Besides kicking off this month with a “very big birthday” (I’ll let you use your imagination), February always prompts me to analyze love – what we think it is, what it really is and how it morphs into something unexpected once marriage, kids and all of life’s dips and valleys hit it.
As someone stepping into a new decade of life, I’m learning that love is certainly not what I thought it was.
With age, love gets a whole lot more real. It changes and can feel invisible at times, even though it’s still there.
How’s this for breaking news: My husband and I argue from time to time.
One fight stands out to me beyond the rest – it’s the one that got me thinking about what love is this time last year. It erupted in front of our daughters on a Sunday morning before we could stop it, with me standing in my bathroom getting ready to go to church.
We yelled. We counter-pointed each other. I may have cried. My husband may have felt hurt. My girls ran up and hugged me when my tears came. And then one of them broke off to go hug Daddy because she noticed no one was hugging him.
It was an argument that most (let’s be real, ALL) married couples have. Nothing permanently damaging but still significant. I didn’t talk to my spouse for almost a week after that fight. I was angry and hurt (he was, too). I didn’t want to talk (neither did he).
We communicated logistics for family schedules like, “What time are you home?” and “Will you be able to take the girls to school Friday morning?” but not much else. No “Good morning”s. No “Have a nice day”s.
We even went to a party with our kids, still mad at each other and acted as though everything was peachy keen without actually talking to each other – not sure if any of the other guests noticed.
At some point, my younger daughter aggressively informed me that Cupid was going to come and shoot my husband and me with his arrow to make us fall in love again. My older daughter drew the scene in her notebook so we could have a visual.
I laughed but also felt so sad.
“We still love each other, girls,” I told them. “We just got angry – like how you get when you two disagree over which one of your dolls should wear what.” They got it.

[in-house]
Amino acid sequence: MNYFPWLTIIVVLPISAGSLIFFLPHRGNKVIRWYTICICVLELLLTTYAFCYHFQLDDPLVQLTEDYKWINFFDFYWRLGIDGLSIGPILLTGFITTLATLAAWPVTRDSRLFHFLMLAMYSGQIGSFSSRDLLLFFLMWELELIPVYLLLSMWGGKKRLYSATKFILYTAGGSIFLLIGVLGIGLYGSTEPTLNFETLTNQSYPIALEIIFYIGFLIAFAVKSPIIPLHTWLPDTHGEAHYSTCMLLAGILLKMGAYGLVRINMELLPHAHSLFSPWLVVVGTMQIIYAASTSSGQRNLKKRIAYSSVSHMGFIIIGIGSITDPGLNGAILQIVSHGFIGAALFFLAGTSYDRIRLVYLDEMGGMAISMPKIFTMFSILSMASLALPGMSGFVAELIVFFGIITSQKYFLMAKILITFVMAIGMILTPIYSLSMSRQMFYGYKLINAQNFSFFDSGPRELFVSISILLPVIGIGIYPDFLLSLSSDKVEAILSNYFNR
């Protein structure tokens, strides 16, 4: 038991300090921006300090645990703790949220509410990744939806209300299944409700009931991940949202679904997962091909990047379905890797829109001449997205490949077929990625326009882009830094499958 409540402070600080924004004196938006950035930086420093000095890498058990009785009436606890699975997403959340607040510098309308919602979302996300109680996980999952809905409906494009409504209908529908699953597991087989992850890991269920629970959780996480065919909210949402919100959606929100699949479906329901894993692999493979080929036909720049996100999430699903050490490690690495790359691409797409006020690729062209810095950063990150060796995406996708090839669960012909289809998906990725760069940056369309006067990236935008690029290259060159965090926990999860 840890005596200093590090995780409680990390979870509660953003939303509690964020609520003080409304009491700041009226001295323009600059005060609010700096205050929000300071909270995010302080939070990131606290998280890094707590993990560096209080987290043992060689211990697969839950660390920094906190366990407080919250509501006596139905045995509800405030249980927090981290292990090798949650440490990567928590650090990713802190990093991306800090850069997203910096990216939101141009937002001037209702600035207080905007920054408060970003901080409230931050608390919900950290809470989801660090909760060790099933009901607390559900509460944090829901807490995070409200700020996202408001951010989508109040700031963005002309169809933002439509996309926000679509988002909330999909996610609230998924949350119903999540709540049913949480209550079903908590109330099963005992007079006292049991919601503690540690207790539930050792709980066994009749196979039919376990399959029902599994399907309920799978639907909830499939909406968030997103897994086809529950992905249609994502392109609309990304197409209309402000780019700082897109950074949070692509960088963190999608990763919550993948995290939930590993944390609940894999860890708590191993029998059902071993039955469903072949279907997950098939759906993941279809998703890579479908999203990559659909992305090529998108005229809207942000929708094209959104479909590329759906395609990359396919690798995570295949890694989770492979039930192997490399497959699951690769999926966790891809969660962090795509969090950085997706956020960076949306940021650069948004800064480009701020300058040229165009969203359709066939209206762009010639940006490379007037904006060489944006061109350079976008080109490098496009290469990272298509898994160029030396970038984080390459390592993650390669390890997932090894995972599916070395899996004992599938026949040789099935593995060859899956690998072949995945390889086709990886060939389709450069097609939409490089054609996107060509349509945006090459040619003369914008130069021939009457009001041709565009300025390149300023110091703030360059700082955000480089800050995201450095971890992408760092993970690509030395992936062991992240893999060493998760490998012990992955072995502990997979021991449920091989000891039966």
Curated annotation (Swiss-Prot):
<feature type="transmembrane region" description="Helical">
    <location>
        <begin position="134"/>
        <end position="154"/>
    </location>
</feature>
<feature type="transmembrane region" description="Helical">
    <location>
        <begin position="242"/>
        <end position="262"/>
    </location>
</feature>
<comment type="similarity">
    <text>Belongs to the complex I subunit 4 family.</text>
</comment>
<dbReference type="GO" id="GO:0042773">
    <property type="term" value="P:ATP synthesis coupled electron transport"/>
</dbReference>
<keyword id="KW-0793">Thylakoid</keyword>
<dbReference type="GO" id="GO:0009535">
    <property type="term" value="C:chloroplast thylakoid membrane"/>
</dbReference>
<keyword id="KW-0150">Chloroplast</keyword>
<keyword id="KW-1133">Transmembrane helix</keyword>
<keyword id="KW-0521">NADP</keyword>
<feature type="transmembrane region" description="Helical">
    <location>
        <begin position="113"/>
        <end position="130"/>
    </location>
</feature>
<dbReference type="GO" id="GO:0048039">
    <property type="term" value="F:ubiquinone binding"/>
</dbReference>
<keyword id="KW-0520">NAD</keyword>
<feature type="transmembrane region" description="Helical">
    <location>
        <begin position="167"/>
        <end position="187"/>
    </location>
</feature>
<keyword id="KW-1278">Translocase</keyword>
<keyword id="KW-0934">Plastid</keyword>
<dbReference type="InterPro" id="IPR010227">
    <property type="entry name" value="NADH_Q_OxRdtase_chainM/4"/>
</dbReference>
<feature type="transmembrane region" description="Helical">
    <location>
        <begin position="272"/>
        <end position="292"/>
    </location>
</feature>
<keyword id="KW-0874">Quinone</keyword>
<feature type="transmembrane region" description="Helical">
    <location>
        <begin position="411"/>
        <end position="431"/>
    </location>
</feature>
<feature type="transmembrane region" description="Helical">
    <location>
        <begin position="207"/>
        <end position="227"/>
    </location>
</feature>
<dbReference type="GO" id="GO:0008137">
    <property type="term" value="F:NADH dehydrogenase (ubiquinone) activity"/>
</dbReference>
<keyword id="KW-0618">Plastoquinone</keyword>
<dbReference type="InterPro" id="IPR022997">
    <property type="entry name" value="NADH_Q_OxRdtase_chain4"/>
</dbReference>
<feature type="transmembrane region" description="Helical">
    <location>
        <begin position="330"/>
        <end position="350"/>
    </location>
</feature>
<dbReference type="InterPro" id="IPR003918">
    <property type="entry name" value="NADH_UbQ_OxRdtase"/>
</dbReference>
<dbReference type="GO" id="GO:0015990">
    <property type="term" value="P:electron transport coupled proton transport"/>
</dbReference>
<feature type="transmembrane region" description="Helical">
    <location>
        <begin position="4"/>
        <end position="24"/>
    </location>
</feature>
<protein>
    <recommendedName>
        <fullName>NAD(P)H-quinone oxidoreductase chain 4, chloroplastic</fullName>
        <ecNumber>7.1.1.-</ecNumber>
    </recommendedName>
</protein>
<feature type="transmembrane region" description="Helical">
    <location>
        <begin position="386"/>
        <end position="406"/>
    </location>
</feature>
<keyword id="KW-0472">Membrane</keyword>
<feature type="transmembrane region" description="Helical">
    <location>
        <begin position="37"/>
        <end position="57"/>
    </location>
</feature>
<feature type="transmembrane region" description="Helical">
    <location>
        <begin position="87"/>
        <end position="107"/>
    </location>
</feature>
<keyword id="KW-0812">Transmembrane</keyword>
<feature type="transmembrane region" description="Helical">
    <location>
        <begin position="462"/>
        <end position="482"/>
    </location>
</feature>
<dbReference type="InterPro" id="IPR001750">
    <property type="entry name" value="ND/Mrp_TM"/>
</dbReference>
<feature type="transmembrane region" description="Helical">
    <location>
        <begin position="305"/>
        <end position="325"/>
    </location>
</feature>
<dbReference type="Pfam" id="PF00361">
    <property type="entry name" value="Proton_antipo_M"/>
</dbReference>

Six days later, our February war was over. I decided to stop being stubborn and get over it. We’re married. We’re parents. Time to move on. We have children who don’t like seeing Mommy and Daddy avoiding each other.
Enough was enough, so I started talking. Maybe my attitude change had something to do with our impromptu no-kids date night later that week, which reminded me that we really do love each other.
We soon returned to saying “Good morning” and “How was your day?”
Real love is beyond the wedding, the baby births, the red and pink heart-shaped cards.
Real love is accepting the reality that you will most likely argue, hurt each other’s feelings, yell, not talk for a week and then shut down all communication because you need mental space and time to recover.
Real love is then revealed by taking a deep breath and getting over whatever it was that irritated you.
Real love is appreciating what you have, knowing that you love each other (and that all married couples argue). Real love is learning how to move forward so that our kids understand how to love, disagree, forgive and repeat without fear.
And isn’t that what we all really want – real love? Yes. Real love.
Jill Simonian was born and raised in Fresno and is creator of TheFabMom.com. Her book for pregnant moms, “The FAB Mom’s Guide: How to Get Over the Bump & Bounce Back Fast After Baby“ is available now. Connect with her on Facebook and Instagram @jillsimonian.